Utmost, a platform that helps companies manage their extended workforce including freelancers, contractors, and other professional services, has raised $21 million in a series B round of funding.
The raise comes amid a flourishing freelance industry. In its recent State of Contingent Workforce Management report, Ardent Partners found that 43% of the U.S. workforce is now built on a non-employee foundation, up from 20% a decade ago.
Founded out of Dublin, Ireland, in 2018, Utmost touts itself as a Workday-native alternative to legacy vendor management systems (VMS), which companies use to serve their non-employee staffing needs. With Utmost, enterprises are promised full visibility into their broader workforce with data-driven insights for procurement, HR, finance, and IT departments.
Utmost gives transparency into extended workforce spend, something that is typically tracked using multiple systems, while companies can also garner data such as what fraction of their workforce are contractors and where they are based.
“Utmost centralizes this data so executive leadership can see how they are spending across the total workforce,” Neha Goel, VP of marketing at Utmost, told VentureBeat.
The main problem that Utmost is looking to solve is that existing VMS’s typically focus on sourcing workers from traditional staffing companies which limits the pool of available talent, plus their systems don’t play nicely with modern human capital management systems such as Workday. So while a company might use Workday for most of their HR needs, hiring personnel have to use another system to book temporary workers. And this is where Utmost comes into play, as it plugs directly into Workday.
According Goel, the platform’s core selling point is that it brings “total workforce visibility” to enterprises, and in its three years in business it has managed to accrue major customers such as Ecolab, NortonLifeLock, and Colonial Life.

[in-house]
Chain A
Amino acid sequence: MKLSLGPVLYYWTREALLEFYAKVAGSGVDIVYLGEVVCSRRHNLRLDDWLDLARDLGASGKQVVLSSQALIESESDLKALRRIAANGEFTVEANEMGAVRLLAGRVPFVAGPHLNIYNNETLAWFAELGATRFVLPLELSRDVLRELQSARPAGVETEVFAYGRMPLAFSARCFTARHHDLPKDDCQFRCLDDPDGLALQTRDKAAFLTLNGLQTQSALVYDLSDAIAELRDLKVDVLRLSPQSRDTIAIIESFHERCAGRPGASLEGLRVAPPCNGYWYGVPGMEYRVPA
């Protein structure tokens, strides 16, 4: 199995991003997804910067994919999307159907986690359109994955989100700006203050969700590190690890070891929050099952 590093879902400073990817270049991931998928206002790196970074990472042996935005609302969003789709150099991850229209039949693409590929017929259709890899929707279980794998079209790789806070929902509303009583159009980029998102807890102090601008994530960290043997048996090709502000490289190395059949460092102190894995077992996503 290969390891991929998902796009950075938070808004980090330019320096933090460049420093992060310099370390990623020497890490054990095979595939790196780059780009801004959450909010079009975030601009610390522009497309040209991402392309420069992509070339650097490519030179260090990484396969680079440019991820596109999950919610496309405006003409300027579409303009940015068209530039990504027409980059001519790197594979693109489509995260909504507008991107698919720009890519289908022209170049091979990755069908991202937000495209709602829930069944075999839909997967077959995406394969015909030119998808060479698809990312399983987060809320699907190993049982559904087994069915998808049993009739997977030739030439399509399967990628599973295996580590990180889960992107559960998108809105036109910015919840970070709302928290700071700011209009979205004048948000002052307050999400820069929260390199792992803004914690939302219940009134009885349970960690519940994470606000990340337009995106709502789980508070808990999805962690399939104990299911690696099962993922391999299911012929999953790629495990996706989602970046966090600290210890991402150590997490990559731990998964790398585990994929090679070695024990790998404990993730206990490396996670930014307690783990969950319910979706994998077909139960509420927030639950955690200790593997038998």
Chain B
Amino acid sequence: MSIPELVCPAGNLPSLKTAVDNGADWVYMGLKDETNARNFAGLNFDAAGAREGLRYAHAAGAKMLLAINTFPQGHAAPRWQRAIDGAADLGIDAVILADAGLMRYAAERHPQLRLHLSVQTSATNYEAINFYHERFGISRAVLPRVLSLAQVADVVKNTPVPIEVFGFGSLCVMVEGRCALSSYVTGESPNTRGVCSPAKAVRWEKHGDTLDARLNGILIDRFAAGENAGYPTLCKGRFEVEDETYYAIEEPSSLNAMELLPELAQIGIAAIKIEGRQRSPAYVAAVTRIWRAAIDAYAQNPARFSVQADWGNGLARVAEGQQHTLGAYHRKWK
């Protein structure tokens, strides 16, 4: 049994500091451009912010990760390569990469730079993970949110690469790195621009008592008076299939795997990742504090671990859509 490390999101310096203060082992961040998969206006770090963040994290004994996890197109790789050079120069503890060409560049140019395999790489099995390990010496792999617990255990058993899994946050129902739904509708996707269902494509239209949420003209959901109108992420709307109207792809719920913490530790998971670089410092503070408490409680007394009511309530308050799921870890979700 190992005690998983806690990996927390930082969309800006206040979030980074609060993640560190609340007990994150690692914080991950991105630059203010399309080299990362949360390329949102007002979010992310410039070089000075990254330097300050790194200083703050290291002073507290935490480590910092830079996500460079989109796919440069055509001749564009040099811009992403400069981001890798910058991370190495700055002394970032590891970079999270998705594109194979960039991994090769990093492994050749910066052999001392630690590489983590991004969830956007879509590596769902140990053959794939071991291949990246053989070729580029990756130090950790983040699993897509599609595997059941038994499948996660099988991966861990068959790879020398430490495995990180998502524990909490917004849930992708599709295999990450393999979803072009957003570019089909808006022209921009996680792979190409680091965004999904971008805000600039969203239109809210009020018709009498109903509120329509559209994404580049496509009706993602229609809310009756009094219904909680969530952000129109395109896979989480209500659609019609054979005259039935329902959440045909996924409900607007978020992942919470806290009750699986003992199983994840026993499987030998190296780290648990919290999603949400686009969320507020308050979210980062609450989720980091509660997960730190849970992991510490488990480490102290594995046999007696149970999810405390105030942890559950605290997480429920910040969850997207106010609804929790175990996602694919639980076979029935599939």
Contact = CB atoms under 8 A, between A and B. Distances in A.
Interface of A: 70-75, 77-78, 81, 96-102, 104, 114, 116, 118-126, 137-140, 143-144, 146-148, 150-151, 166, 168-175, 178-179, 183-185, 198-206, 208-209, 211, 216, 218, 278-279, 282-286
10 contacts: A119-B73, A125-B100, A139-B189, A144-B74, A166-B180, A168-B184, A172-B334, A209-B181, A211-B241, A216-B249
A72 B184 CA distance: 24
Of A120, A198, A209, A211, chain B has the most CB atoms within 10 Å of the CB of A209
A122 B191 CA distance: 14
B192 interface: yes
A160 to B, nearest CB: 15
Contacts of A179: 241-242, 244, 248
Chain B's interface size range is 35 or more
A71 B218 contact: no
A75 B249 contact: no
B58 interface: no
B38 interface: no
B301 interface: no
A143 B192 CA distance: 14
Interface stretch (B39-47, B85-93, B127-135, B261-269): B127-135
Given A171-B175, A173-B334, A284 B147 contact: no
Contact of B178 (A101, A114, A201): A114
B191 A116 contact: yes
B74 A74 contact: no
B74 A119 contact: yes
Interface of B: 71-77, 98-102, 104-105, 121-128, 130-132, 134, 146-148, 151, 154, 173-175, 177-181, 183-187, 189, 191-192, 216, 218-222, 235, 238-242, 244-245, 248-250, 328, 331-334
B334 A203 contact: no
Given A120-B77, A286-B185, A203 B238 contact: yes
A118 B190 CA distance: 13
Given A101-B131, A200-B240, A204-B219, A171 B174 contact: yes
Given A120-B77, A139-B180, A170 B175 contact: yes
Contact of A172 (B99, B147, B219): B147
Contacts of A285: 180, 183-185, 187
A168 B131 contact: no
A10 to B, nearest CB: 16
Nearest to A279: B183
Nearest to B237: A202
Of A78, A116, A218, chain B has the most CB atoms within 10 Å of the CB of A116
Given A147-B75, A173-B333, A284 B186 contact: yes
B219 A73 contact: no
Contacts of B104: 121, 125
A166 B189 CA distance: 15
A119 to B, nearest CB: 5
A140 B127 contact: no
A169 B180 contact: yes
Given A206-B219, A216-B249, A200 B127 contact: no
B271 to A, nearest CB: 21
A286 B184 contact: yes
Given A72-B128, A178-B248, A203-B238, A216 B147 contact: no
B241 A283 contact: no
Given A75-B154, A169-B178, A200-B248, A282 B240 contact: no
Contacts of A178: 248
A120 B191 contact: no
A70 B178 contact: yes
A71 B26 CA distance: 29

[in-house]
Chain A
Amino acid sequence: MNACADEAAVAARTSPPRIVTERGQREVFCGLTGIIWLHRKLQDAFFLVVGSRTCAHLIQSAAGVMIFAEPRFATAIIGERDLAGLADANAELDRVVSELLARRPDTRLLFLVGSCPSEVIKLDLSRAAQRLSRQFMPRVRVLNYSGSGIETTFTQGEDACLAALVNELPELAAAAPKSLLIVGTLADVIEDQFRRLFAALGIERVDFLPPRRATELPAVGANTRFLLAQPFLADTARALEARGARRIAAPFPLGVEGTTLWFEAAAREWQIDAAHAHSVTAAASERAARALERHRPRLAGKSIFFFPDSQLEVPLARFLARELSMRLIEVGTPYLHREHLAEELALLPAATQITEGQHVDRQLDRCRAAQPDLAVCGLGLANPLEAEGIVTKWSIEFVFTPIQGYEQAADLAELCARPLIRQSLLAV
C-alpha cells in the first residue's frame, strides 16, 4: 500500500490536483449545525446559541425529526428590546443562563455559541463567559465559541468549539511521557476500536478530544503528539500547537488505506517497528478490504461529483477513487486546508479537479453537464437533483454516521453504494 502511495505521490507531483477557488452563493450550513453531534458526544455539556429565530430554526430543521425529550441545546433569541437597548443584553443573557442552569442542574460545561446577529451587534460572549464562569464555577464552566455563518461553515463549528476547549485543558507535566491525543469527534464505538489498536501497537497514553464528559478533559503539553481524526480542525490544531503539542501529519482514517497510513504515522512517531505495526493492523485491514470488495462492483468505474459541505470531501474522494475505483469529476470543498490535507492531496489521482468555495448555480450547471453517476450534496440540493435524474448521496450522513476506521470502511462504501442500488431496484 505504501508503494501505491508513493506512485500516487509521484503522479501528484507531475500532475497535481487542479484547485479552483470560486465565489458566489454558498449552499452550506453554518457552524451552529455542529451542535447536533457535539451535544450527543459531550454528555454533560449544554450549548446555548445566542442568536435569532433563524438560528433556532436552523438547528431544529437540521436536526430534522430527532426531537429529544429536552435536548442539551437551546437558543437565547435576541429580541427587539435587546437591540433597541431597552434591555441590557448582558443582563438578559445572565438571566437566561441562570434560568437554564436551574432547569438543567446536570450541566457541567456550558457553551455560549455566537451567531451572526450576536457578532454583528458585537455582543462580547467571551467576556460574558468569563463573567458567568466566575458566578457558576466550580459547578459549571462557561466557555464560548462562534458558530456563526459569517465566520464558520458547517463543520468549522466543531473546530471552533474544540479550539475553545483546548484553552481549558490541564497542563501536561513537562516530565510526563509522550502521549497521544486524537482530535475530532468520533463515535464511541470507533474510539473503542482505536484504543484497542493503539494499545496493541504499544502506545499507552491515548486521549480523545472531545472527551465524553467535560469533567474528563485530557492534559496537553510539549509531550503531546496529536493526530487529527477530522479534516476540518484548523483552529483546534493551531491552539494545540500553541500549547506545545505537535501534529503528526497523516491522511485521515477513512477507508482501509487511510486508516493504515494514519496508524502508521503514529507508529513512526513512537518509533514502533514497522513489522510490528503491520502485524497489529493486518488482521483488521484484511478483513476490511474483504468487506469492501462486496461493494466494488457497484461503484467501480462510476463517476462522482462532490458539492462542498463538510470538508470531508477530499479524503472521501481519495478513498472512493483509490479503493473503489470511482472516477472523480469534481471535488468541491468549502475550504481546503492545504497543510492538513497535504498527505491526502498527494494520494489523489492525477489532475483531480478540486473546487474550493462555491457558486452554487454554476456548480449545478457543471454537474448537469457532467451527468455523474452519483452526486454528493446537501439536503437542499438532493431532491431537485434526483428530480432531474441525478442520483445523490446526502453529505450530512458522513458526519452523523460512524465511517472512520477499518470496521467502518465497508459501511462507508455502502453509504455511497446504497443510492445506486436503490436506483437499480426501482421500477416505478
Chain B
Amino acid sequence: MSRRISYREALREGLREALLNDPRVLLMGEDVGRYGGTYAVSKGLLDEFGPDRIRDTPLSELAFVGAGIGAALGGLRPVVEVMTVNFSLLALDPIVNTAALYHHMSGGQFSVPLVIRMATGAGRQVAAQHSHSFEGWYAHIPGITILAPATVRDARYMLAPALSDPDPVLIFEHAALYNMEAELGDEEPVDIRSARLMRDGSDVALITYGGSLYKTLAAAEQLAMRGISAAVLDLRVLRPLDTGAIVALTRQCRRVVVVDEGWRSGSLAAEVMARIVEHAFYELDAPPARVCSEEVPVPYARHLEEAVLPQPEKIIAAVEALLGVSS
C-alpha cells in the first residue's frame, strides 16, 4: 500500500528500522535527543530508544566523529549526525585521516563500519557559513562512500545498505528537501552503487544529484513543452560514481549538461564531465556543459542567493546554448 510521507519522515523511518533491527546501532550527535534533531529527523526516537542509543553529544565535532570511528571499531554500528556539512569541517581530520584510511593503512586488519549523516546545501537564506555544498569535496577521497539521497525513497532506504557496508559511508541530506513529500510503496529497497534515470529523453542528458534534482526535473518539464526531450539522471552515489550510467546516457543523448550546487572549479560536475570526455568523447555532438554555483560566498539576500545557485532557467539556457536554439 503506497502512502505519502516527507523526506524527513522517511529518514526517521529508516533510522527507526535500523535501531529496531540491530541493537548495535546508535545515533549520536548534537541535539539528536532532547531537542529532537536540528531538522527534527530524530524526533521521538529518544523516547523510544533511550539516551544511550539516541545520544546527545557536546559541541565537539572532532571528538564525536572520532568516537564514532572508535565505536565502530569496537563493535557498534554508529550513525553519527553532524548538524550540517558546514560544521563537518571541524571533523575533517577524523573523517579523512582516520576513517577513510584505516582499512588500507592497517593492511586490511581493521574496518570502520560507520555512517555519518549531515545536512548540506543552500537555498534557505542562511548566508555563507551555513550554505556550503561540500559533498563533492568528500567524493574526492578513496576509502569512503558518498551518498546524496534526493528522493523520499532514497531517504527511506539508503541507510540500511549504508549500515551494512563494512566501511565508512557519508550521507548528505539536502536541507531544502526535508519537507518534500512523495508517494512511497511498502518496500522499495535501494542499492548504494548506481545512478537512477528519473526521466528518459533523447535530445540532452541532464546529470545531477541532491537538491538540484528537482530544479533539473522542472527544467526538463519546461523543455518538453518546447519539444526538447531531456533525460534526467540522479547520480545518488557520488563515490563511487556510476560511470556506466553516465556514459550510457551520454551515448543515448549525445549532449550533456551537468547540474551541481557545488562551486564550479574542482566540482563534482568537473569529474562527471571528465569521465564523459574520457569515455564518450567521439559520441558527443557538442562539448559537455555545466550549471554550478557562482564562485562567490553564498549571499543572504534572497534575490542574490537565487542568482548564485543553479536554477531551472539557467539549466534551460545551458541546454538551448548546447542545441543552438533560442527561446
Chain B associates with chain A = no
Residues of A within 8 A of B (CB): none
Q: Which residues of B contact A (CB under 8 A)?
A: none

Among the benefits are improved compliance. “You can create consistent processes for onboarding and offboarding so that workers gain or lose access to facilities, IT, or systems access,” Goel said, who added that it can also help reduce worker misclassification. “Hiring managers don’t know if they need an employee or a contractor or an agency — they need to get work done. Utmost creates a single place to source workers and recommends the appropriate worker type.”
Workday, for the uninitiated, is one of the major players in the enterprise SaaS software space, with products spanning finance, HR, business planning, and more. It also represents part of a growing array of companies to adopt a Salesforce-esque ecosystem approach that encourages third-parties to develop integrations and build on top of their platform, while also directly investing in startups via a dedicated venture capital fund.
Indeed, not only does Utmost count Workday as a closely integrated technology partner, but also as a financial backer. Workday Ventures invested in Utmost at its $11.2 million series A round two years ago, and it has now thrown another tranche into the pot for its $21 million series B, which was led by Mosaic Ventures with participation from Greylock Partners, Acadian Ventures, and Alumni Ventures Group.
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